Area water safe after sewage dump in SheyenneFARGO — The state health department says residents here shouldn’t worry about their tap water, despite the sewage dumped into the Sheyenne River on Thursday and Friday in Valley City.
By: Erik Burgess, Forum Communications, The Jamestown Sun
FARGO — The state health department says residents here shouldn’t worry about their tap water, despite the sewage dumped into the Sheyenne River on Thursday and Friday in Valley City.
The river dumping which began on Thursday morning should not have affected the water supply here, a state health official said.
“It should have minimal effect on the city of Fargo,” said Karl Rockeman, surface water discharge permits manager for the North Dakota Department of Health.
The metro area does take in water from the Sheyenne, but at the time of the event, Fargo water officials said they were not taking any water from the Sheyenne, according to a state health official.
“It was all coming from the Red,” Rockeman said. ‘There would be no impact on the drinking water.”
Valley City was rerouting sewage water from a malfunctioning lift station into the Sheyenne for about 30 hours starting early Thursday morning, but the issue was corrected on Friday afternoon.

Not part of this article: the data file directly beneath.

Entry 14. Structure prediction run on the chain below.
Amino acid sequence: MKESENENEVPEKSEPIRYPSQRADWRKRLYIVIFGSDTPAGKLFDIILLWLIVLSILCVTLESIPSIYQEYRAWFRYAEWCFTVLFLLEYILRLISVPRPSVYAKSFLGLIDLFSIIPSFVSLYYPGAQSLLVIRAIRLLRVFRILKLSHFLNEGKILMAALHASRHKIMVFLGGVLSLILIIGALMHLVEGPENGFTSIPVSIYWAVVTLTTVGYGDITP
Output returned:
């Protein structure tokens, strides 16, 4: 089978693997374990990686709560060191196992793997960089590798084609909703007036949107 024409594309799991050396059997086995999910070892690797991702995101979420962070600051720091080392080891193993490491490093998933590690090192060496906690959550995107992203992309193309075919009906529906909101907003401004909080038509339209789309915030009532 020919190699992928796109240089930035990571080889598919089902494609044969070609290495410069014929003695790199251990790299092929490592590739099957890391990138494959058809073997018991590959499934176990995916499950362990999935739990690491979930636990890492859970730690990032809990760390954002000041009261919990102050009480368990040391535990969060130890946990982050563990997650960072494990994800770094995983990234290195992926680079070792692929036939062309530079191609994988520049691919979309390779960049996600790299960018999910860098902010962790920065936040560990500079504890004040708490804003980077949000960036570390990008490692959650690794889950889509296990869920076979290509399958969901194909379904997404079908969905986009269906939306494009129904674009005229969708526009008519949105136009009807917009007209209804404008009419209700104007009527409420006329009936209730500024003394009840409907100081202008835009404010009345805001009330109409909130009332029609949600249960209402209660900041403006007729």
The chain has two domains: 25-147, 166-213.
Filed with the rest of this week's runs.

“We can safely say that we’re no longer throwing anything into the river,” David Schelkoph, the city administrator, said Friday.
During routine maintenance on the city’s main sewage well, the plug on the master drain failed and flooded the station.
Six pumps that are used to move sewage from the well into the city’s sewage lagoon were inundated, causing major backup. Two of those pumps have since been fixed.
If not for the “heroic” work of the staff on hand, Schelkoph said hundreds of homes could’ve seen serious sewage damage. In order to prevent this, they began pumping the contents of the flooded station into the Sheyenne, he said.
“We just don’t do this all the time,” Schelkoph said. “It’s only during dire emergencies.”
He said increased water flows from Devils Lake helped to dilute the river water and perhaps decrease the impact of the sewage.
Impact to aquatic life would’ve been “immediate” but not necessarily significant, Rockeman said. The department of health is still investigating and collecting data from the area.
This is the second time in recent history that Valley City has pushed sewage water into the Sheyenne. It was also done in 2009 during serious flooding.
Rockeman said each situation is different, but generally these measures are taken only in extreme instances.
“This was not a good option, but it was better than the alternative, which would’ve allowed sewer backups into the city,” he said.
The Department of Health will be working with the city in the long run to assess repairing and potentially replacing the lift station if needed, Rockeman said.
Valley City is asking residents to still limit their water use until Monday, Schelkoph said.
Erik Burgess is a reporter
at The Forum of Fargo-Moorhead, which is owned by Forum Communications Co.